Every time the van tilts in the second dimension the speed changes to slow-motion which shows the contrast between the second and third worlds and gives the spectator an entirely new perspective on the timing of the actions. Using parallel editing, the camera continuously cuts back and forth between both fight scenes, which also highlights the differences in lighting. The hotel is artificially lit yet the tone is warm, as the characters are in an inside setting. The second dimension’s lighting is colder as the van is speeding on a highway in the rain. Along with the lighting, the colour visually helps the spectator keep up with the very quick crosscut shots being thrown back and forth between dimensions; one is in the beige, orange tones and the other is in the grey and black tones.

Though the camera shots add to the construction of time and space, one of the most important details in the sequence is the music as it steadily adapts to the different actions. When the shift in gravity occurs at the same time as the shift to slow motion in another world, the musical notes lengthen, making the movements seem heavier, slower, and more impressive. Thus, the music increases the audience’s anguish. When the van gets pushed off the road, the driver’s screams are enhanced by the silence. Showing the difference between the van driver’s screams and the sleeping people in the back of his vehicle was a very intelligent way of raising the audience’s anguish to an even higher level as the contrast is frightening. During the sequence, not a word is spoken, all that can be heard is the sound of the crashes and screams. As the sequence comes to its end and the van is rolling on the side of the highway, the music slows down and the notes become more spaced out. When the van finally hits the post and stops sliding so does the fight in the other dimension. The sequence, as well as the music, ends with a gunshot from Arthur killing his opponent. By ending the music and the sequence at the same time, Nolan takes control over the viewer’s concept of time.

In conclusion, Inception is known for its special representation and invention of different spaces and timing using technology and artificial effects which exaggerate elements on the physical set. Nolan constantly blurs the line between reality and dreams with the intention of leaving the audience with endless possible alternatives to reality. The ambiguity is always precisely placed and constructed, and the director has purposefully never answered the clarifying questions. Throughout his different cuts, he drowns the spectator’s eye with knowledge and details so that there could be no possible way of grasping every element. Clues are constantly hidden like Easter eggs. The very specific style of editing used in the film is aimed at allowing the audience to understand what the characters are going through ( all people know what being in a dream feels like) as well as keeping them slightly confused and open to any surreal plot twist as happen often in a dream.6 Through his particular choices of shots, lighting, music and special effects Nolan manages to constructs unique, and unforgettable, alternative worlds.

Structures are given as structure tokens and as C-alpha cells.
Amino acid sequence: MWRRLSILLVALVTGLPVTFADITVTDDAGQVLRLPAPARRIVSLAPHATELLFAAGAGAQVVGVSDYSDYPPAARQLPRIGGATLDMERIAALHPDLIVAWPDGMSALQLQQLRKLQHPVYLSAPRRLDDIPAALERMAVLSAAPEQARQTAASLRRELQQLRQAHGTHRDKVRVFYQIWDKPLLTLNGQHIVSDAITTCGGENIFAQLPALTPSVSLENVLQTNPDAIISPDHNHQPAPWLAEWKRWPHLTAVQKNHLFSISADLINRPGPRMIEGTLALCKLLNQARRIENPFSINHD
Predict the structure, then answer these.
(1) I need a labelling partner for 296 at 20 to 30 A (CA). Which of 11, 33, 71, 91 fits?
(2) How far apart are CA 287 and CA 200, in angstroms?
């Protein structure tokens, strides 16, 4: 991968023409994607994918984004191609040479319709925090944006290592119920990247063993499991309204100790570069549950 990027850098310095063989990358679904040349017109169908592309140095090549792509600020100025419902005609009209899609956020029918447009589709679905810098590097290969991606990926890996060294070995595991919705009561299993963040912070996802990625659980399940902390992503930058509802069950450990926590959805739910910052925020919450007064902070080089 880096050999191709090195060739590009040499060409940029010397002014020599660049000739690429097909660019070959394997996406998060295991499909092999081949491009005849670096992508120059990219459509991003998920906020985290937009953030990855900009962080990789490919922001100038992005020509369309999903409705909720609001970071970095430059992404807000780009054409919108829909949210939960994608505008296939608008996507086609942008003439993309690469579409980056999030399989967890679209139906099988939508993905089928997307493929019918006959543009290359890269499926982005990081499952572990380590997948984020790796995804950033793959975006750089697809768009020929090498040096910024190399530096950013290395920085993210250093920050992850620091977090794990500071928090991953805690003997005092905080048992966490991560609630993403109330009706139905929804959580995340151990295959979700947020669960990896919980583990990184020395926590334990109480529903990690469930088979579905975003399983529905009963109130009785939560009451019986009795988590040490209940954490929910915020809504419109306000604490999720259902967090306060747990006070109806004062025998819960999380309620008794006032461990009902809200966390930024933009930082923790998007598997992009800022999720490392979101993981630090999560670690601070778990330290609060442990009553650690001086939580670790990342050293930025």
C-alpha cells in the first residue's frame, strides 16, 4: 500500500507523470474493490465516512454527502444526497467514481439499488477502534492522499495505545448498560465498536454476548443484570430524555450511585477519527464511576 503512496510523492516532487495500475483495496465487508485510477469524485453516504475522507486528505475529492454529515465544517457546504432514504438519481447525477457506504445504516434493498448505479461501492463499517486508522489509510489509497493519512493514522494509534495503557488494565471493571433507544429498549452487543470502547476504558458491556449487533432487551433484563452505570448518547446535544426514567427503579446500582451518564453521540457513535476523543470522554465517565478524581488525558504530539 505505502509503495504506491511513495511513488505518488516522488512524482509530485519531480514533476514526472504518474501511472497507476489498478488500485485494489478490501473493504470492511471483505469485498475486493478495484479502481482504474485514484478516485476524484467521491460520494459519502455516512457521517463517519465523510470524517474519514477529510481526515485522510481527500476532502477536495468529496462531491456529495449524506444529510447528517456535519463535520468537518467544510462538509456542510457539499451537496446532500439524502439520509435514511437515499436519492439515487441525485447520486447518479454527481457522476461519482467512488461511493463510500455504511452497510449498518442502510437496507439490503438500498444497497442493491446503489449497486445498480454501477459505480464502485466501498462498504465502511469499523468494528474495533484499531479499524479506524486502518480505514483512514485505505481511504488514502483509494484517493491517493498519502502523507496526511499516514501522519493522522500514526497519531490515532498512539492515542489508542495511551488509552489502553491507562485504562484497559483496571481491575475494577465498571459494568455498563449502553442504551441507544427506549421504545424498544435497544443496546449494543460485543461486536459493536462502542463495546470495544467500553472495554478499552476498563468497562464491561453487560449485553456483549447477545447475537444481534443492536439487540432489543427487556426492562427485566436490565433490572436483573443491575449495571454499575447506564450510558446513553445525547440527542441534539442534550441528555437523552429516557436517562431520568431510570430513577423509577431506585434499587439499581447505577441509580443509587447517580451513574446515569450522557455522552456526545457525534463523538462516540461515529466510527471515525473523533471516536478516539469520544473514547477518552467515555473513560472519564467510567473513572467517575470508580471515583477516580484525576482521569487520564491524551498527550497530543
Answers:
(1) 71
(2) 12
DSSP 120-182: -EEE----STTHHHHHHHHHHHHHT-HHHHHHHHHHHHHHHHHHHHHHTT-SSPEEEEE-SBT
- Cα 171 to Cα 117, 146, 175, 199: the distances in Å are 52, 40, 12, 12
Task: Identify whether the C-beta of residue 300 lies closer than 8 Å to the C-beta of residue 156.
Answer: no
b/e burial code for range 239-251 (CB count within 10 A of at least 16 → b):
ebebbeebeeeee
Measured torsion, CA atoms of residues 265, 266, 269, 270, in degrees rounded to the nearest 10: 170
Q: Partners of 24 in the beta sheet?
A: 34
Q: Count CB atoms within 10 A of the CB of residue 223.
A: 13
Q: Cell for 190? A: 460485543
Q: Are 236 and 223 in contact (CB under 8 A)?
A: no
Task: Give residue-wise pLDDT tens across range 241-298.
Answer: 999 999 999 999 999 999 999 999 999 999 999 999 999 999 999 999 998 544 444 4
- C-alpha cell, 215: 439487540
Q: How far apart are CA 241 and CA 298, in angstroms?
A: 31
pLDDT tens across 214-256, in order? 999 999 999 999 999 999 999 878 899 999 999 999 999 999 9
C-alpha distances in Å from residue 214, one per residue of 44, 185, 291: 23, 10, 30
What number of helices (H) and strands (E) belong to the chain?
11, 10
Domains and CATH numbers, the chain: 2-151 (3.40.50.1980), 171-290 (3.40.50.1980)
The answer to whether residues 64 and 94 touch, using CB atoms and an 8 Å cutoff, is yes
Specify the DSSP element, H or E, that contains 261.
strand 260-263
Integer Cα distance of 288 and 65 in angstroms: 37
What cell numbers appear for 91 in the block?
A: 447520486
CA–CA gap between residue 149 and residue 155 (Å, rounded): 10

Footnotes :

1 Quote from the cover of the book written by Russian director Andrei Tarkovsky.

2 “How to Read a Film”, chapter on form.

3 Quote from the director Christopher Nolan found in the making-of short movie.

4 Written by Hans Zimmer, then later electronically enhanced.

5 45-degree angle looking up to the character, changing from the classical long-shots

6 Idea pointed out in “The Cinema of Christopher Nolan: Imagining the Impossible.”

Bibliography :

Tarkovsky, A. (1986). Sculpting in Time: Reflections on the Cinema, trans. Kitty Hunter-Blair (New York: Alfred A. Knopf, 1987), 179.

Furby, J., & Joy, S. (Eds.). 2015.. The Cinema of Christopher Nolan: Imagining the Impossible. Columbia University Press.

James Monaco, How to Read a Film: Movies, Media, and Beyond. Oxford University Press, USA, 8 May 2009

New York Film Academy, Student Resources : Glossary of Film Terms

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1 Examine how editing constructs time and space in any ONE film we